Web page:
According to this month’s Elle magazine, anyway.
Despair slithered down my spine as I read Sophie Beresiner’s description of how the “stealth youth drainer” (i.e. computer) I work on was slowly sucking the freshness from my face like Michelle Pfeiffer’s witch in Stardust. Et tu, laptop? Here’s how:
- Beresiner kindly asks if I’m sitting comfortably. WELL STOP, she continues. It’s giving you wrinkles.
- The computer is chucking free radicals at your face. What are they, anyway? Who knows, but they’re ageing you too.
- Are you using a phone? Gross! It’s dirty and will give you spots.
- The actual air of your office is probably air-conditioned and is ageing you. Sorry.
- You had a sandwich for lunch? A sandwich that you bought? Disgusting. Pre-prepared sandwiches and salads are “dead foods”. They’re giving you spots too.
- Your face is ageing your face. It’s your resting face. You probably frown all the time – go on, I bet you do. According to a “skincare expert” your bitchy resting face creates a “focus mould” for your facial muscles and they get stuck there. You know, like when the wind changes and your ugly face gets stuck forever.
Gosh, thank you Sophie. I didn’t realise my precious beauty was in such terrible danger. But what’s the solution?
Well, apart from buying a Chanel moisturising spray for £44 and drinking chlorophyll powder, it seems all I have to do is… go for a walk at lunchtime. Oh really? That’s all?
Boring. Chanel and chlorophyll all the way.
Whenever a story crops up about a sexual or sexist attack in which the (female) victim is accused of wearing the kind of clothes that ‘ask for it’, I always feel that one important point is never made. Although the argument that women really should be able to wear what they like without incurring ‘justified’ rape ought to be enough to end the discussion (if only!), I think there is more to be said on the clothing choices available to girls and women.
Now, I know I am not the only person who has purchased a lovely summer dress, which looked absolutely fine in the changing room, only to find that once you start walking around in it the skirt is barely swishing over your buttocks. Or the difficulty in finding tops with a neckline high enough to cover your bra. Or a shirt for work that is not completely see-through. I mean, seriously, why would you ever want a see-through shirt?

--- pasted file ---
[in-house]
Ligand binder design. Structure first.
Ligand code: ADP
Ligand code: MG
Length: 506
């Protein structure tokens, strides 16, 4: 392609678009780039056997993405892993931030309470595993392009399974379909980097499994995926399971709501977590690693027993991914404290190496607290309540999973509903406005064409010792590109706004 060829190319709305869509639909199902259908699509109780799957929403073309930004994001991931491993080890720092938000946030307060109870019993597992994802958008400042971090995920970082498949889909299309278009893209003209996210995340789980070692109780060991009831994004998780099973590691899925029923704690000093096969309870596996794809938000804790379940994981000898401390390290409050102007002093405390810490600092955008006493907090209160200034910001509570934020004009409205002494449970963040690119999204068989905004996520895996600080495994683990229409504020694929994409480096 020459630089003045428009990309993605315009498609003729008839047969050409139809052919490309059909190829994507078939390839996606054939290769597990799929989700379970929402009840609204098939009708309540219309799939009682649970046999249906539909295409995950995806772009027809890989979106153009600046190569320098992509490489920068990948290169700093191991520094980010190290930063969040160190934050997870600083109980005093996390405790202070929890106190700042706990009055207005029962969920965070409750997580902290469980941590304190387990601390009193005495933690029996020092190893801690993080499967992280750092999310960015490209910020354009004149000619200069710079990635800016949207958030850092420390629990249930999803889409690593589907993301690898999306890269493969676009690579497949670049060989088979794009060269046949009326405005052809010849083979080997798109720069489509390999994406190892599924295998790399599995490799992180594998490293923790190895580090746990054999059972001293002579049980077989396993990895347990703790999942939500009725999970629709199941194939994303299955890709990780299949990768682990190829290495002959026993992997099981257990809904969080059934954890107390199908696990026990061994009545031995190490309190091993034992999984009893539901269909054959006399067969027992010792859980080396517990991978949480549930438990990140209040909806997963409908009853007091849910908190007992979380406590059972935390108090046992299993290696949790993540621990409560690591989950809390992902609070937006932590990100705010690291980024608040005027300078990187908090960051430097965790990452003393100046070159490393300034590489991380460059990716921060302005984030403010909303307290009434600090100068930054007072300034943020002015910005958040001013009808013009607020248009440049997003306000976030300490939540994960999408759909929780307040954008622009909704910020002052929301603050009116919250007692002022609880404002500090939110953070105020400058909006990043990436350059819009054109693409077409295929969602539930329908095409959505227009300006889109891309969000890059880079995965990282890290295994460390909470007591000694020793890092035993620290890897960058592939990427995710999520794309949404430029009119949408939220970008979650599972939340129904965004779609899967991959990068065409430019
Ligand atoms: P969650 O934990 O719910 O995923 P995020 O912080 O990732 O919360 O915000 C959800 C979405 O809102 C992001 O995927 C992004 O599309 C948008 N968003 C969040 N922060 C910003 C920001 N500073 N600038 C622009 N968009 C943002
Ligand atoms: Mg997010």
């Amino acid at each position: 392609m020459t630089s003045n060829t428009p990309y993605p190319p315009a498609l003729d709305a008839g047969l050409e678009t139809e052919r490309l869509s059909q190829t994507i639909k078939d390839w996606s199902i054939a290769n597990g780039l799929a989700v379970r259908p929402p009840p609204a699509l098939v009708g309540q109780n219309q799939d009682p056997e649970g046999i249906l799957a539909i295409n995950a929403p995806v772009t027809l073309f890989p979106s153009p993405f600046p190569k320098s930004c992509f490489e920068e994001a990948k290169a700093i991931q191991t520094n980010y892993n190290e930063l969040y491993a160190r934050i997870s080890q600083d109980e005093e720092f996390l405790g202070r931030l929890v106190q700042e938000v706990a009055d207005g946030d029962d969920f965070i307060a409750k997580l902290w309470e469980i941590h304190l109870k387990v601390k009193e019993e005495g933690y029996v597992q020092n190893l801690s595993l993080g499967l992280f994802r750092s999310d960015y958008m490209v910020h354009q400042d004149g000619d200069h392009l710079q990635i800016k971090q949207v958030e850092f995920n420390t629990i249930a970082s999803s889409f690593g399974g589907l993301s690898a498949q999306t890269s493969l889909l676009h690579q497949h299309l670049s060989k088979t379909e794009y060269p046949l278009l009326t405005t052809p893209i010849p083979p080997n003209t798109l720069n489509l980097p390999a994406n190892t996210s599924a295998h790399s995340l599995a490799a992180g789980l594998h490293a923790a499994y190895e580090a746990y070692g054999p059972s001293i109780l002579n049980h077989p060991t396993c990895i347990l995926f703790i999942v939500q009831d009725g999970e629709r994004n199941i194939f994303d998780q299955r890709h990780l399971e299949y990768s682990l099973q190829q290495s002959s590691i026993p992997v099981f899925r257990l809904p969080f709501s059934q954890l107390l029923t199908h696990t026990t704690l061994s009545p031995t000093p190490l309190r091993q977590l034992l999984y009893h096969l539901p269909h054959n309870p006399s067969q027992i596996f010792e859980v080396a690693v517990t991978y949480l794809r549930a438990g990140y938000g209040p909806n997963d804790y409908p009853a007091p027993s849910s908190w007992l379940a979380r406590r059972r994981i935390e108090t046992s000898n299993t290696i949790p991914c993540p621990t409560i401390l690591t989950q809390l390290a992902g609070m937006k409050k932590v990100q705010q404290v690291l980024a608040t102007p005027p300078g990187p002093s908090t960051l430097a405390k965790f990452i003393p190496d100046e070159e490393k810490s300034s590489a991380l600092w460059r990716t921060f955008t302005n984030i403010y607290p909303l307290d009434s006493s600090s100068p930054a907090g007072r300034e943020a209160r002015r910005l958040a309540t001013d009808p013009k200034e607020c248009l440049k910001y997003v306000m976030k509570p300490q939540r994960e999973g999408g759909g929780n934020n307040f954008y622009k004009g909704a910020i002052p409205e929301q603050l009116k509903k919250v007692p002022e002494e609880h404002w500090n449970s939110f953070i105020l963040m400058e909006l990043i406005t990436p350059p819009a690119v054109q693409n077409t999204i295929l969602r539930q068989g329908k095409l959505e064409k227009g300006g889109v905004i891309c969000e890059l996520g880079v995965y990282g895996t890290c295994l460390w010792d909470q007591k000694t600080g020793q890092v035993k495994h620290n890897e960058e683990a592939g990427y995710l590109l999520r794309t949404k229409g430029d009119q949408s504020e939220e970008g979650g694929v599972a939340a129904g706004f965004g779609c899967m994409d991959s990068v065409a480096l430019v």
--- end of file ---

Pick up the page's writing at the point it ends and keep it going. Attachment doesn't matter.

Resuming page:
And yes, if you are concerned by these things you can choose to wear something modest like trousers and a shirt – oh wait.
Choice is a funny thing. It is very easy for a rape apologist to say that women can just choose to wear clothes that cover their bits up and then, erm, there will be no more rape. However, if you cast a critical eye over the window displays of clothes shops aimed at young and youngish women, you will see an overwhelming dominance of teeny skirts, skintight jeans, low-cut tops, see-through blouses, backless dresses, hotpants and this summer – God forbid – crop tops. These are the clothes that girls and women are encouraged to wear by adverts, magazines and the celebrities who unfortunately function as role models. Add to that the immense pressure to be hot and sexy and it no longer seems like a simple choice for a sixteen-year-old girl to wear a polo neck and bootcut jeans from Marks and Spencer.
If there is a better solution than safety pins and opaque tights then I for one would like to hear it.